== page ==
Richard Finn, MD
The combination of palbociclib and letrozole more than doubled progression-free survival (PFS) and showed a promising 4.2-month trend toward improvement in overall survival (OS) for patients with estrogen receptor (ER)-positive, HER2-negative metastatic breast cancer, according to results from the phase II PALOMA-1 trial that were presented at the 2014 AACR Annual Meeting.
In the 165-patient open-label study, the CDK 4/6 inhibitor palbociclib improved PFS by 20.2 months compared with 10.2 months for letrozole alone (hazard ratio [HR] = 0.488; P
= .0004). The median OS was 37.5 months with palbociclib compared with 33.3 months with letrozole alone (HR = 0.813; 95% CI, 0.492-1.345; P
= .2105). This first analysis of OS contained data from 61 patients (37%) and was not deemed statistically significant. A follow-up analysis of OS will be conducted once more events have accrued.
“The palbociclib and letrozole combination demonstrated a significantly improved clinical outcome for patients who had hormone receptor-positive, metastatic breast cancer in this phase II trial,” said the study’s lead author Richard S. Finn, MD, an associate professor of medicine at the University of California, Los Angeles (UCLA). “The point of a randomized, phase II study is to have evidence that gives us confidence to do a phase III study, and we think that this study proved the hypothesis that a combination of palbociclib and letrozole is better than letrozole alone in this subgroup of patients.”
Interim findings from the PALOMA-1 study culminated in a Breakthrough Therapy Designation from the FDA in April 2013. Pfizer, the company developing palbociclib, announced it is currently in discussions with the FDA to define the appropriate regulatory path forward for the drug.
In the phase II study, continuous daily letrozole was administered at 2.5 mg with or without palbociclib at 125 mg daily for 3 weeks followed by 1 week of rest until progression. One hundred and sixty-five postmenopausal patients with ER-positive, HER2-negative advanced breast cancer were randomized in a 1:1 ratio in two parts: Part 1 contained 66 patients and Part 2 had 99 patients. The primary endpoint was PFS by investigator assessment.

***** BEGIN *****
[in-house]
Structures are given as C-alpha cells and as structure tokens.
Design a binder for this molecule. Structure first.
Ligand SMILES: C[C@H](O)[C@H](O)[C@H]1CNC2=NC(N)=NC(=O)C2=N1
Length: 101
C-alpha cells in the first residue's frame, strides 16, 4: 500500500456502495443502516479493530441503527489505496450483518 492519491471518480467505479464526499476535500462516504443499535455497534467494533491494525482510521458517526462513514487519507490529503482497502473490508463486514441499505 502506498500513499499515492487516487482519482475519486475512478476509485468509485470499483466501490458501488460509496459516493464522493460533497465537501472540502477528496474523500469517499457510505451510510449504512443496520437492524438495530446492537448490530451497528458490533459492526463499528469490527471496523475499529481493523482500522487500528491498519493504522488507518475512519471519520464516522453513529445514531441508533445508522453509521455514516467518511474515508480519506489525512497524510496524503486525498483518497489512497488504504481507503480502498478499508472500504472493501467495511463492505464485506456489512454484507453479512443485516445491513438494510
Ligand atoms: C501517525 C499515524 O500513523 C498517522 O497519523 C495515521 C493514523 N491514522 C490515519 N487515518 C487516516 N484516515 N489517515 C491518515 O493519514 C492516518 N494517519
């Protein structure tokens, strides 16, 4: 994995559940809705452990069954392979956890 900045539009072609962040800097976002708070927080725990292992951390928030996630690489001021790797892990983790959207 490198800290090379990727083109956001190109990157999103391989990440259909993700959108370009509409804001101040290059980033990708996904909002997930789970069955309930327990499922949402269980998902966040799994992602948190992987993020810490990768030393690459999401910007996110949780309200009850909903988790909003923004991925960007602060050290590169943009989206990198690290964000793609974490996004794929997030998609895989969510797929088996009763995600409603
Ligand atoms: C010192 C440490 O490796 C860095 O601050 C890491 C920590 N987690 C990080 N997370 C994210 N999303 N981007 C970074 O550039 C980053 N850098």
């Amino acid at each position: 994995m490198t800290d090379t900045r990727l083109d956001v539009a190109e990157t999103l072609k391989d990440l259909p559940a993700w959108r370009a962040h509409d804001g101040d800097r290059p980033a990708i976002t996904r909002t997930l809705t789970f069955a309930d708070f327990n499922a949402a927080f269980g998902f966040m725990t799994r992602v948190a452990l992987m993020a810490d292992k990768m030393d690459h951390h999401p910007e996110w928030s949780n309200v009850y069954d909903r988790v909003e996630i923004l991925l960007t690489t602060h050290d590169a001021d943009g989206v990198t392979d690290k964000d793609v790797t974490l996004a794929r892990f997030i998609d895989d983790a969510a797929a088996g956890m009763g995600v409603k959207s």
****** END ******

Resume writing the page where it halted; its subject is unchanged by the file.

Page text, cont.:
In the final analysis for PFS, the HR in Part 1 was 0.299 (95% CI, 0.156-0.572; P
= .0001) and the HR in Part 2 was 0.508 (95% CI, 0.303-0.853; P
=0.0046), for letrozole plus palbociclib compared with letrozole alone, respectively. For the two parts combined, the HR was 0.488 (95% CI, 0.319-0.748; P
= .0004). Patients in Part 2 tested positive for CCND1
amplification and/or loss of p16, as possible markers of sensitivity to palbociclib. However, a correlation between these markers and outcomes was not found.
Dennis Slamon, MD, PhD
In an interim analysis of the PALOMA-1 study presented in 2012 at SABCS, the combination resulted in a response rate of 45% compared with 31% for the monotherapy and the overall clinical benefit rate was 70% versus 44%.
The most commonly reported treatment-related adverse events in the combination arm were neutropenia, leukopenia, anemia, and fatigue. Altogether, 13% of patients discontinued treatment as a result of side effects in the palbociclib arm compared with 2% for letrozole.
“This is an exciting data set that shows a major clinical benefit for patients who have hormone receptor-positive, metastatic breast cancer,” said the study’s coauthor Dennis Slamon, MD, PhD, professor of medicine and director of the Revlon/UCLA Women’s Cancer Research Program. “The potential impact of this study could be huge. We are doing further phase III work with the drug, but the current data are as exciting as the initial studies we were involved in when testing Herceptin for HER2-positive breast cancers.”
José Baselga, MD, PhD
In a discussion of the results, Jose Baselga, MD, PhD, the physician-in-chief at Memorial Sloan Kettering Cancer Center and president-elect of AACR, called the results promising but cautioned against too much early optimism. He noted that several agents, including the PARP inhibitor iniparib, demonstrated promising phase II results and then were not successful in phase III studies. However, if these phase II results were duplicated in a larger clinical trial, palbociclib would become the standard of care for patients with ER-positive metastatic breast cancer, Baselga believes.